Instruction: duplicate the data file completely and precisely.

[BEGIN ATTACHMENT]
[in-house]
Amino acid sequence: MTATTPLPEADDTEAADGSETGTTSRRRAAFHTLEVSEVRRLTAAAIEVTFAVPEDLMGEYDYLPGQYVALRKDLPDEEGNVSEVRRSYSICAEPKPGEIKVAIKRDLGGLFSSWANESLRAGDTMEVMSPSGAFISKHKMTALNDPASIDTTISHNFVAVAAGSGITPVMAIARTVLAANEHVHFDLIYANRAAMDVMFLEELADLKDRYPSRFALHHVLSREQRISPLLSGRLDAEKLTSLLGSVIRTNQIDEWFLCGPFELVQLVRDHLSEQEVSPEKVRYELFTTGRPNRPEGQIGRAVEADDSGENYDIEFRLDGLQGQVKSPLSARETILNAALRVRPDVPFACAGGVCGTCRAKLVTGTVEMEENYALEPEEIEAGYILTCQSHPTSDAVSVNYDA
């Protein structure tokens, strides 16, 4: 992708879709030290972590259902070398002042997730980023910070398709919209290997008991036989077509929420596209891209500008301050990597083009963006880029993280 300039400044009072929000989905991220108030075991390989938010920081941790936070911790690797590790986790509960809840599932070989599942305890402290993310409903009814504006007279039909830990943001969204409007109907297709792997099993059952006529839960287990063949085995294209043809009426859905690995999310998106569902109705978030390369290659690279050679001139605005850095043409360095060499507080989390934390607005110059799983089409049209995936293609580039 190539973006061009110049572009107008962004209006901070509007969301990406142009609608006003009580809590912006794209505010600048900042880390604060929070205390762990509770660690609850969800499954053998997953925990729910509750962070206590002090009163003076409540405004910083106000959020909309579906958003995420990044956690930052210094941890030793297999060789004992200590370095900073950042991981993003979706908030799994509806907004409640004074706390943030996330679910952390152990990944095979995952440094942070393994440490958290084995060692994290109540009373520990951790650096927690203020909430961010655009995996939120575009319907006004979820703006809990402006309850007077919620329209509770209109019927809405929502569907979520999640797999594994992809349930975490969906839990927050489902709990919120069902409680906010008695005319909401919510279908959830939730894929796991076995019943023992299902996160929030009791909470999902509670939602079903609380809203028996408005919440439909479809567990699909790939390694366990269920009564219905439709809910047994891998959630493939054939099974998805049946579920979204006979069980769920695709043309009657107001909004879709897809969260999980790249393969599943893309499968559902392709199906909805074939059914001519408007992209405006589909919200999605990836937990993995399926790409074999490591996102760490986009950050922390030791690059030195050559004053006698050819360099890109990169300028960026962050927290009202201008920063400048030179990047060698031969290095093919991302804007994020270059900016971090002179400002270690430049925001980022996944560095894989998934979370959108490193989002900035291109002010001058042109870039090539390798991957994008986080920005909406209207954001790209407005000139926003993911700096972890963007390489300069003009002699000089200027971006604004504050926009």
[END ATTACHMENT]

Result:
[in-house]
Amino acid sequence: MTATTPLPEADDTEAADGSETGTTSRRRAAFHTLEVSEVRRLTAAAIEVTFAVPEDLMGEYDYLPGQYVALRKDLPDEEGNVSEVRRSYSICAEPKPGEIKVAIKRDLGGLFSSWANESLRAGDTMEVMSPSGAFISKHKMTALNDPASIDTTISHNFVAVAAGSGITPVMAIARTVLAANEHVHFDLIYANRAAMDVMFLEELADLKDRYPSRFALHHVLSREQRISPLLSGRLDAEKLTSLLGSVIRTNQIDEWFLCGPFELVQLVRDHLSEQEVSPEKVRYELFTTGRPNRPEGQIGRAVEADDSGENYDIEFRLDGLQGQVKSPLSARETILNAALRVRPDVPFACAGGVCGTCRAKLVTGTVEMEENYALEPEEIEAGYILTCQSHPTSDAVSVNYDA
């Protein structure tokens, strides 16, 4: 992708879709030290972590259902070398002042997730980023910070398709919209290997008991036989077509929420596209891209500008301050990597083009963006880029993280 300039400044009072929000989905991220108030075991390989938010920081941790936070911790690797590790986790509960809840599932070989599942305890402290993310409903009814504006007279039909830990943001969204409007109907297709792997099993059952006529839960287990063949085995294209043809009426859905690995999310998106569902109705978030390369290659690279050679001139605005850095043409360095060499507080989390934390607005110059799983089409049209995936293609580039 190539973006061009110049572009107008962004209006901070509007969301990406142009609608006003009580809590912006794209505010600048900042880390604060929070205390762990509770660690609850969800499954053998997953925990729910509750962070206590002090009163003076409540405004910083106000959020909309579906958003995420990044956690930052210094941890030793297999060789004992200590370095900073950042991981993003979706908030799994509806907004409640004074706390943030996330679910952390152990990944095979995952440094942070393994440490958290084995060692994290109540009373520990951790650096927690203020909430961010655009995996939120575009319907006004979820703006809990402006309850007077919620329209509770209109019927809405929502569907979520999640797999594994992809349930975490969906839990927050489902709990919120069902409680906010008695005319909401919510279908959830939730894929796991076995019943023992299902996160929030009791909470999902509670939602079903609380809203028996408005919440439909479809567990699909790939390694366990269920009564219905439709809910047994891998959630493939054939099974998805049946579920979204006979069980769920695709043309009657107001909004879709897809969260999980790249393969599943893309499968559902392709199906909805074939059914001519408007992209405006589909919200999605990836937990993995399926790409074999490591996102760490986009950050922390030791690059030195050559004053006698050819360099890109990169300028960026962050927290009202201008920063400048030179990047060698031969290095093919991302804007994020270059900016971090002179400002270690430049925001980022996944560095894989998934979370959108490193989002900035291109002010001058042109870039090539390798991957994008986080920005909406209207954001790209407005000139926003993911700096972890963007390489300069003009002699000089200027971006604004504050926009």